NEW ULM - New Ulm was in a somber mood Tuesday as residents and survivors reflected on the anniversary of the tragic Bohemian Bed and Breakfast fire, which killed six people last July 2. Those lost included Bohemian owner Bobbi McCrea, her 15-year-old daughter Abby, her 3-year-old daughter Savannah and three guests.
New Ulm Fire Chief Paul Macho described the fire as one of the worst disasters in the city's history. The incident generated statewide attention and a renewed look at how the state regulates bed and breakfasts. It has also spawned litigation filings against McCrea's estate.
Legal entanglements remain
Litigation over the deaths and injuries caused by the fire remain unresolved. Currently, the parties involved are seeking to resolve the situation through private arbitration.
In addition to McCrea and her daughters, the Bohemian fire claimed the lives of Joseph and Dian Bergman, of Centuria, Wis., and Andy Uhing, of Hartington, Neb. Sandy Uhin, his wife, escaped by jumping from the building.
Charles and Diane Frye, of Plymouth, were injured while escaping the fire.
Four wrongful death claims and one injury claim were filed against McCrea's estate. Charlie Zangl, finance of McCrea, filed on behalf of his daughter Savannah. Mark Wood, ex-husband of McCrea, filed on behalf of his daughter Abby. Relatives of the Bergmans and Uhing also filed. Minneapolis attorney James Schwebel filed the injury complaint for the Fryes.
McCrea's mother Ruth Ann McCrea Simpson and sister Jyneal McCrea were put in charge of her estate. Records show the estate consists of over $990,700 in real estate, insurance money and property, along with over $322,000 in mortgage debt.
Initial claims against the estate through Brown County, which included an over $1 million claim on behalf of the Bergman interests, were declined. As a result, the claims will be handled privately. All the parties involved have agreed to appoint Twin Cities mediator Steve Kirsch to lead the arbitration process. Kirsch, well known in field, oversaw mediation for the I-35W bridge collapse litigation.
A reviewed process,
a renewed safety
The Bohemian fire also caused a re-examination of the state's regulation of bed-and-breakfast businesses.
The Minnesota Bed and Breakfast Association lists 114 members. State regulations dictate that a bed and breakfast with six or more rooms must be inspected by state officials annually, similar to hotels. Establishments with fewer rooms are deemed residential facilities and left to how the individual city regulates fire inspections. A Minnesota Public Radio investigation after the fire showed that only 11 of those 114 bed and breakfasts are inspected by the state.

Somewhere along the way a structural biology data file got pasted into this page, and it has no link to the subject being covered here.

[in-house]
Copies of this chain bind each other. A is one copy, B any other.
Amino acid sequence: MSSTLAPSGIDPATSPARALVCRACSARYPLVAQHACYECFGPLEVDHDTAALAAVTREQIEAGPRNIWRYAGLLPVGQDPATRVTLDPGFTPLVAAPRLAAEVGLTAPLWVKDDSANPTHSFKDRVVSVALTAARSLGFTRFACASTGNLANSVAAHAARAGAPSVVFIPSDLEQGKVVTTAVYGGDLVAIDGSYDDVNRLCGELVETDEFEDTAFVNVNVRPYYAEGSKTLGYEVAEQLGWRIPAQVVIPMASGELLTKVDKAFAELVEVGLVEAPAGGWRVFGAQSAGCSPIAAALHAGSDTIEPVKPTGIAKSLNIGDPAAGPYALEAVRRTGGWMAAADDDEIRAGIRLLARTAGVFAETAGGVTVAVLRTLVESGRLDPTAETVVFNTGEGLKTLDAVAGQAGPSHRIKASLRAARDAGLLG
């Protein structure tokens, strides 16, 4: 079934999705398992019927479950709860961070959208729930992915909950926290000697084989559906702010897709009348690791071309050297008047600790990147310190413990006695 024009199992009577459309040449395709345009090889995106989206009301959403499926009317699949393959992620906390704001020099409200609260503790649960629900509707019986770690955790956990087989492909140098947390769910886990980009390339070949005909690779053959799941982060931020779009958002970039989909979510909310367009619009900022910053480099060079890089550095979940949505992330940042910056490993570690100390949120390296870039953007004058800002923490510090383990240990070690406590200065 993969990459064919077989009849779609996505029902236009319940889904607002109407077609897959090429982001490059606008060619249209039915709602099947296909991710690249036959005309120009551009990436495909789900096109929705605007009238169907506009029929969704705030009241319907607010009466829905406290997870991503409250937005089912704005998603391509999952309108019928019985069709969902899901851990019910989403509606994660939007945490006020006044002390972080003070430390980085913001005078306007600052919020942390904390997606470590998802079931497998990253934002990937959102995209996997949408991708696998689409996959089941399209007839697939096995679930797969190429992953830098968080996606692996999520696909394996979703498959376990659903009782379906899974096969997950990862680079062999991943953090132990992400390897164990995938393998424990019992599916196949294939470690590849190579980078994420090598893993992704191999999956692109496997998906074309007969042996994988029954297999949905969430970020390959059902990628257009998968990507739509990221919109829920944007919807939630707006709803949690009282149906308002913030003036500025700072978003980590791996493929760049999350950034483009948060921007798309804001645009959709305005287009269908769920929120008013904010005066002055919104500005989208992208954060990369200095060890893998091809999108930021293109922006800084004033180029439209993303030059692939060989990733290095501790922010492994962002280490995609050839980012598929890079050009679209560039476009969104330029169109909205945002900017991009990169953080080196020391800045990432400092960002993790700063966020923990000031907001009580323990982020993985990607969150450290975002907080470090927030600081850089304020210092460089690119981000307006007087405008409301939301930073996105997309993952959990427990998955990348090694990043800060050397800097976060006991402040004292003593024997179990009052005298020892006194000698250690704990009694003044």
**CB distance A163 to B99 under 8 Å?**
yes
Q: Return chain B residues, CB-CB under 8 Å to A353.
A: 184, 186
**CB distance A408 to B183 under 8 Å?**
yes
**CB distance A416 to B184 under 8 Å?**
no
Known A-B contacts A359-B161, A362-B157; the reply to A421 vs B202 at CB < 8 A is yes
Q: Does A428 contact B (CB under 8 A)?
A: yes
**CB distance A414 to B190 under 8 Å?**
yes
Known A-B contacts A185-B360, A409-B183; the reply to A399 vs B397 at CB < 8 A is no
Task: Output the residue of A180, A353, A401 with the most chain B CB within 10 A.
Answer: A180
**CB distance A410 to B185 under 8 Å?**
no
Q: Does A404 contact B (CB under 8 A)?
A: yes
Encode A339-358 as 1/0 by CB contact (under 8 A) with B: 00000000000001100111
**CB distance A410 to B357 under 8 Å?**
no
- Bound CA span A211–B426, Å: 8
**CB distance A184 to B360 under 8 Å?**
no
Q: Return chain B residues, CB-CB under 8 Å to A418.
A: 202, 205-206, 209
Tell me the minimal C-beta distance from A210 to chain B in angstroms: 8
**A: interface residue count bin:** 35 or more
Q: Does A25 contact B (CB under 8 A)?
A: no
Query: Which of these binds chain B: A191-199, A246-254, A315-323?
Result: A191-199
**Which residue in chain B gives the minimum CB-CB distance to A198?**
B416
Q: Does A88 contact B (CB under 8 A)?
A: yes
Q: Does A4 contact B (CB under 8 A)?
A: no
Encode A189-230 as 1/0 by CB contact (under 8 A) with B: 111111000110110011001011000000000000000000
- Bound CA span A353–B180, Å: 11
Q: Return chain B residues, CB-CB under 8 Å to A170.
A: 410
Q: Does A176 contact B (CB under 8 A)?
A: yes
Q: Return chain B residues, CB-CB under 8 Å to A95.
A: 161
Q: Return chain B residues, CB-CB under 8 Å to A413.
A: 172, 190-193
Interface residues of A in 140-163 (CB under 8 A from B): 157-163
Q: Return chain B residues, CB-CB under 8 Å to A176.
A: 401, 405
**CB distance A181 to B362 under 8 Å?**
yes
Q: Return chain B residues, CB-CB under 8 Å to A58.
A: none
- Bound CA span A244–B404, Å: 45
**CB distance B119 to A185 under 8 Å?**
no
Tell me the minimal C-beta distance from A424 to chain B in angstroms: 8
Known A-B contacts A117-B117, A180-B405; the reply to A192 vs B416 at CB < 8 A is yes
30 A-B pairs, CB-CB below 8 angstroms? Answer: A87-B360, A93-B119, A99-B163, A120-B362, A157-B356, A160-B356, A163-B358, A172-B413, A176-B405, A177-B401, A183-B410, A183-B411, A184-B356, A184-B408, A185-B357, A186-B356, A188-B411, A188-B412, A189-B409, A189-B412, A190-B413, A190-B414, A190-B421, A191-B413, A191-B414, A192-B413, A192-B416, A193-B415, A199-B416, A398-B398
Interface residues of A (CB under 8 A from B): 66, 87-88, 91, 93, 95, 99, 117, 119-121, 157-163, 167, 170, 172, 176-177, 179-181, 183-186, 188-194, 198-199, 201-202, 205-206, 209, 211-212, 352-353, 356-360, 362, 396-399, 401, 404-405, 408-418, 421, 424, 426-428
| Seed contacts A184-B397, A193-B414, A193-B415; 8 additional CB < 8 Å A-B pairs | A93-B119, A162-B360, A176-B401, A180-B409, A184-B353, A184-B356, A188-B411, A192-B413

New Ulm boasts one of the stricter regulations in the state, with annual inspections by the city fire marshal. Comparatively, Minnesota's bed and breakfast capital of Lanesboro hosts 13 bed and breakfasts while having no local fire inspections. The city relies on annual health inspections, which include the most basic fire inspections.
The Bohemian was not state inspected, despite hosting over six rooms, because there were only four guest rooms in the main house. A carriage house had additional guest rooms. The main house was not inspected by the City at the time of the fire because the owner stated guests wouldn't be staying there. Guests were in that building during the fire. The state fire marshal concluded that an unattended candle caused the fire and the building was still up to code.
The New Ulm fire created a major safety shift in Lanesboro. The 13 bed and breakfasts worked together to implement their own additional safety measures for fires and weather-related emergencies.
Dave Huisenga, a former St. Paul division fire chief and owner of the Habberstad House in Lanesboro, said nearly all Lanesboro bed and breakfasts have had the local fire department tour their layout. He personally installed emergency lights and advised guests of fire evacuation plans. He said the others have initiated similar measures.
"It's nothing official. We just wanted to make sure something like [the Bohemian] didn't happen here," said Huisenga.
Huisenga encourages other communities to require additional safety measures.
Long road to healing
Zangl, who escaped the fire that claimed his daughter and his fiance McCrea, said the process of healing from his loss has been very slow. He said he struggles day-to-day to deal with his grief.
"It feels like a day, not a year. They were my everything," said Zangl.
There are currently no plans for the Bohemian site. Legal wrangling must be resolved first, he said.
For Zangl, the most important thing that occurred in the fire's aftermath has been the overwhelming support from the community. He said he has never imagined the sheer number of people, including complete strangers, would step forward to help.
"We even had people that stayed with us just one time calling. They wanted to know if they could do anything to help," said Zangl. "There's no way I can thank these people enough. It's incredible."
(Josh Moniz can be e-mailed at firstname.lastname@example.org)